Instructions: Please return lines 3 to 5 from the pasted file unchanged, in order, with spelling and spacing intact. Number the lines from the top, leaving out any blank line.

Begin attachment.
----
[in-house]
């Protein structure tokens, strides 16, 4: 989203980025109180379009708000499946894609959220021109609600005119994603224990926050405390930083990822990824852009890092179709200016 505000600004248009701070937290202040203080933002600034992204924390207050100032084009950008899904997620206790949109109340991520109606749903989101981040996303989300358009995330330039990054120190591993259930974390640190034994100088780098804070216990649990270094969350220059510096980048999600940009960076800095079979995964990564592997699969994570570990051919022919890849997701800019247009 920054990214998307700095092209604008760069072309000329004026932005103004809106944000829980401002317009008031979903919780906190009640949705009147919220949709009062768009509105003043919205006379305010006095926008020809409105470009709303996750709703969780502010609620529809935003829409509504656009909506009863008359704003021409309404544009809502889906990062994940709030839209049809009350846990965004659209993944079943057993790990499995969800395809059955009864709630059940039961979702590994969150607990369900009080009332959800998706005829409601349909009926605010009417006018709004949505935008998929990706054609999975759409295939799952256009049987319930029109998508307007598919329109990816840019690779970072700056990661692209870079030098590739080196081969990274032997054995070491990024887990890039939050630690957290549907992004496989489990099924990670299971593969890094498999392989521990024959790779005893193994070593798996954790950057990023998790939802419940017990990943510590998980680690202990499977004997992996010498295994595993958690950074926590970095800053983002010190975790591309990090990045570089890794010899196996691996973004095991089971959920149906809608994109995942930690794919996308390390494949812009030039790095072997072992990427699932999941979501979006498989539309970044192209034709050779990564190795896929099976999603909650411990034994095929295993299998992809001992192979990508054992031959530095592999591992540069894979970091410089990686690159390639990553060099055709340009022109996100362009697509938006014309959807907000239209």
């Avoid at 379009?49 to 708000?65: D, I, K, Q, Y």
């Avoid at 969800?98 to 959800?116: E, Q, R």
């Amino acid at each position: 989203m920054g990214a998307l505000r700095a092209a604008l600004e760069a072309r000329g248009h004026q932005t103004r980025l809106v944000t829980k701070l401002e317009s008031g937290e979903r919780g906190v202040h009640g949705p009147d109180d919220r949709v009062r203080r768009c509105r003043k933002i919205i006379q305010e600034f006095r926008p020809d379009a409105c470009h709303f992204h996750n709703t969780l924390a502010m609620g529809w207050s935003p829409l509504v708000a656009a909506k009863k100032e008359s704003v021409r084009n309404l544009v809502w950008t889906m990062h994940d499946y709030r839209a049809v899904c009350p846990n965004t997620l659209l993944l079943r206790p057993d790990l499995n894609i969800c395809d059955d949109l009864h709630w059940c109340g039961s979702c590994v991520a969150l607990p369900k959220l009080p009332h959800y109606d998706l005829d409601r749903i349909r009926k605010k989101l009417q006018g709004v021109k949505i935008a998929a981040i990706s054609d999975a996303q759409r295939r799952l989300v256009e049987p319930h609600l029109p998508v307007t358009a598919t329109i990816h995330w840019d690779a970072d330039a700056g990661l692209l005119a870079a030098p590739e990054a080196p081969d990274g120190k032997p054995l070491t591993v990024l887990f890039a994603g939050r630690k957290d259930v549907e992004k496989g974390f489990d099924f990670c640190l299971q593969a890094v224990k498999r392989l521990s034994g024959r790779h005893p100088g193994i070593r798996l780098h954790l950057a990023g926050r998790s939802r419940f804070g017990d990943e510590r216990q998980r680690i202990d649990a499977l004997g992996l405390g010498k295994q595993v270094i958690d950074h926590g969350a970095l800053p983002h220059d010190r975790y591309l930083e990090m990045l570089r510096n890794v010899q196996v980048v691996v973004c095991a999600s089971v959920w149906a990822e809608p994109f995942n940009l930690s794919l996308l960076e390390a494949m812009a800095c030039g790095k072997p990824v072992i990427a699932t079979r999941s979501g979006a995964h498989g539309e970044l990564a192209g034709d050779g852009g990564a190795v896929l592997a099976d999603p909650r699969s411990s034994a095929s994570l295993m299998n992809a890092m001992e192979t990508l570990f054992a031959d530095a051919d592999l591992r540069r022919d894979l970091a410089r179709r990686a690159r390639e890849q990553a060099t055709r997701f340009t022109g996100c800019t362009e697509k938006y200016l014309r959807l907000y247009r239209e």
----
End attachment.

């Avoid at 379009?49 to 708000?65: D, I, K, Q, Y």
């Avoid at 969800?98 to 959800?116: E, Q, R």
């Amino acid at each position: 989203m920054g990214a998307l505000r700095a092209a604008l600004e760069a072309r000329g248009h004026q932005t103004r980025l809106v944000t829980k701070l401002e317009s008031g937290e979903r919780g906190v202040h009640g949705p009147d109180d919220r949709v009062r203080r768009c509105r003043k933002i919205i006379q305010e600034f006095r926008p020809d379009a409105c470009h709303f992204h996750n709703t969780l924390a502010m609620g529809w207050s935003p829409l509504v708000a656009a909506k009863k100032e008359s704003v021409r084009n309404l544009v809502w950008t889906m990062h994940d499946y709030r839209a049809v899904c009350p846990n965004t997620l659209l993944l079943r206790p057993d790990l499995n894609i969800c395809d059955d949109l009864h709630w059940c109340g039961s979702c590994v991520a969150l607990p369900k959220l009080p009332h959800y109606d998706l005829d409601r749903i349909r009926k605010k989101l009417q006018g709004v021109k949505i935008a998929a981040i990706s054609d999975a996303q759409r295939r799952l989300v256009e049987p319930h609600l029109p998508v307007t358009a598919t329109i990816h995330w840019d690779a970072d330039a700056g990661l692209l005119a870079a030098p590739e990054a080196p081969d990274g120190k032997p054995l070491t591993v990024l887990f890039a994603g939050r630690k957290d259930v549907e992004k496989g974390f489990d099924f990670c640190l299971q593969a890094v224990k498999r392989l521990s034994g024959r790779h005893p100088g193994i070593r798996l780098h954790l950057a990023g926050r998790s939802r419940f804070g017990d990943e510590r216990q998980r680690i202990d649990a499977l004997g992996l405390g010498k295994q595993v270094i958690d950074h926590g969350a970095l800053p983002h220059d010190r975790y591309l930083e990090m990045l570089r510096n890794v010899q196996v980048v691996v973004c095991a999600s089971v959920w149906a990822e809608p994109f995942n940009l930690s794919l996308l960076e390390a494949m812009a800095c030039g790095k072997p990824v072992i990427a699932t079979r999941s979501g979006a995964h498989g539309e970044l990564a192209g034709d050779g852009g990564a190795v896929l592997a099976d999603p909650r699969s411990s034994a095929s994570l295993m299998n992809a890092m001992e192979t990508l570990f054992a031959d530095a051919d592999l591992r540069r022919d894979l970091a410089r179709r990686a690159r390639e890849q990553a060099t055709r997701f340009t022109g996100c800019t362009e697509k938006y200016l014309r959807l907000y247009r239209e």